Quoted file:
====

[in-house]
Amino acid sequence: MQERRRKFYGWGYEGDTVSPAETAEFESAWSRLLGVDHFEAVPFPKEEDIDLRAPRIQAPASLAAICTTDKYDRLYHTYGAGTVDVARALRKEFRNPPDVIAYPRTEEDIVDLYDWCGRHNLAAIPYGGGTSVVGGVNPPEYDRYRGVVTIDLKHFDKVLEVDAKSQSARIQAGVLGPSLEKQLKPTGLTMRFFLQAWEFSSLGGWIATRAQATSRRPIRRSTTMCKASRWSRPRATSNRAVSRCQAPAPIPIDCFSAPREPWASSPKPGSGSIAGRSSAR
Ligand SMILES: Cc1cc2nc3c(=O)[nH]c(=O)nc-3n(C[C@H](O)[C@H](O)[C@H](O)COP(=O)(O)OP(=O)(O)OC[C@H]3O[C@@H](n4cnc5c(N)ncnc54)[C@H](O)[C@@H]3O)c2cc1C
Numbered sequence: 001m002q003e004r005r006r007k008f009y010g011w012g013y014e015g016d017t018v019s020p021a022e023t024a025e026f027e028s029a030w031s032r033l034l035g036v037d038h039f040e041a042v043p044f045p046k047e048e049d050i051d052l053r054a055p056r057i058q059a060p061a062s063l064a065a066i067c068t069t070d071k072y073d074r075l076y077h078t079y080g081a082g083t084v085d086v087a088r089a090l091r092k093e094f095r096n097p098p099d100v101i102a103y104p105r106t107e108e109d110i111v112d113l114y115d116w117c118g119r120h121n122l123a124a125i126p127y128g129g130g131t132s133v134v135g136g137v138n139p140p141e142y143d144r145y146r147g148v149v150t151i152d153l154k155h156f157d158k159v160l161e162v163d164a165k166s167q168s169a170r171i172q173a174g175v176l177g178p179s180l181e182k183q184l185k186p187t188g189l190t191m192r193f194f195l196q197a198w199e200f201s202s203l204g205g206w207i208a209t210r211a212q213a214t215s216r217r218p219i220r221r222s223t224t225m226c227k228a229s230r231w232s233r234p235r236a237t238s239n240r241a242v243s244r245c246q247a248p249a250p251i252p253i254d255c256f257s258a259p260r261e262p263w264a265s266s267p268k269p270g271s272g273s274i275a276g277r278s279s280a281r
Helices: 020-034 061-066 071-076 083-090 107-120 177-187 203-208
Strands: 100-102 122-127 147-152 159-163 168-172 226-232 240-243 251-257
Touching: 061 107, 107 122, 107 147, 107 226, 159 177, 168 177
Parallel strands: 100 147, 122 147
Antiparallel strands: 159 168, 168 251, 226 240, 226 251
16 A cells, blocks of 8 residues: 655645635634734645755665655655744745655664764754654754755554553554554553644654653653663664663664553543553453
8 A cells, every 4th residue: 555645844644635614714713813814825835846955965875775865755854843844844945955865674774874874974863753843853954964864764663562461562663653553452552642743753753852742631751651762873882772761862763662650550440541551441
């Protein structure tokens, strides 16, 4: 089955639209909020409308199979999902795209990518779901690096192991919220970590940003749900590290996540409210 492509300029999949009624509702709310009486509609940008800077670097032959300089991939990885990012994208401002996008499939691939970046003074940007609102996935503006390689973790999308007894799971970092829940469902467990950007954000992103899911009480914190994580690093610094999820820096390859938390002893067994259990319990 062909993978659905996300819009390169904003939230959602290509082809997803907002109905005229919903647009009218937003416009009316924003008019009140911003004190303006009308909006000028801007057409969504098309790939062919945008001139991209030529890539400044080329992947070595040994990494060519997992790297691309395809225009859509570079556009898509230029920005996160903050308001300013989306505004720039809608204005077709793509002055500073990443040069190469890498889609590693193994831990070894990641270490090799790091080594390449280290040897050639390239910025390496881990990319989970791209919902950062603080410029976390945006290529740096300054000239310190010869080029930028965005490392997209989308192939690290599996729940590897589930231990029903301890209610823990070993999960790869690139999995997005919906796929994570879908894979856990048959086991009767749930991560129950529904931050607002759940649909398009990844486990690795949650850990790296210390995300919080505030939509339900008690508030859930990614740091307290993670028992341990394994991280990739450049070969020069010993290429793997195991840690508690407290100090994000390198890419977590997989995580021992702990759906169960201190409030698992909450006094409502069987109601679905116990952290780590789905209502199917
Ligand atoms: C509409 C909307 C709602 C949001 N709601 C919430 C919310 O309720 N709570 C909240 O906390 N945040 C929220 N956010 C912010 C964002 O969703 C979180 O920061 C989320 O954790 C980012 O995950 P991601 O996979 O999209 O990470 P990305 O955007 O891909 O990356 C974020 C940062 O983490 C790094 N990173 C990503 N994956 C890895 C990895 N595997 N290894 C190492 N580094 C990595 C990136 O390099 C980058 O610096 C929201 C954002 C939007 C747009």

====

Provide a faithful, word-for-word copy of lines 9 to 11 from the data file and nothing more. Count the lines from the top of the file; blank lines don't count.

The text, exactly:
Antiparallel strands: 159 168, 168 251, 226 240, 226 251
16 A cells, blocks of 8 residues: 655645635634734645755665655655744745655664764754654754755554553554554553644654653653663664663664553543553453
8 A cells, every 4th residue: 555645844644635614714713813814825835846955965875775865755854843844844945955865674774874874974863753843853954964864764663562461562663653553452552642743753753852742631751651762873882772761862763662650550440541551441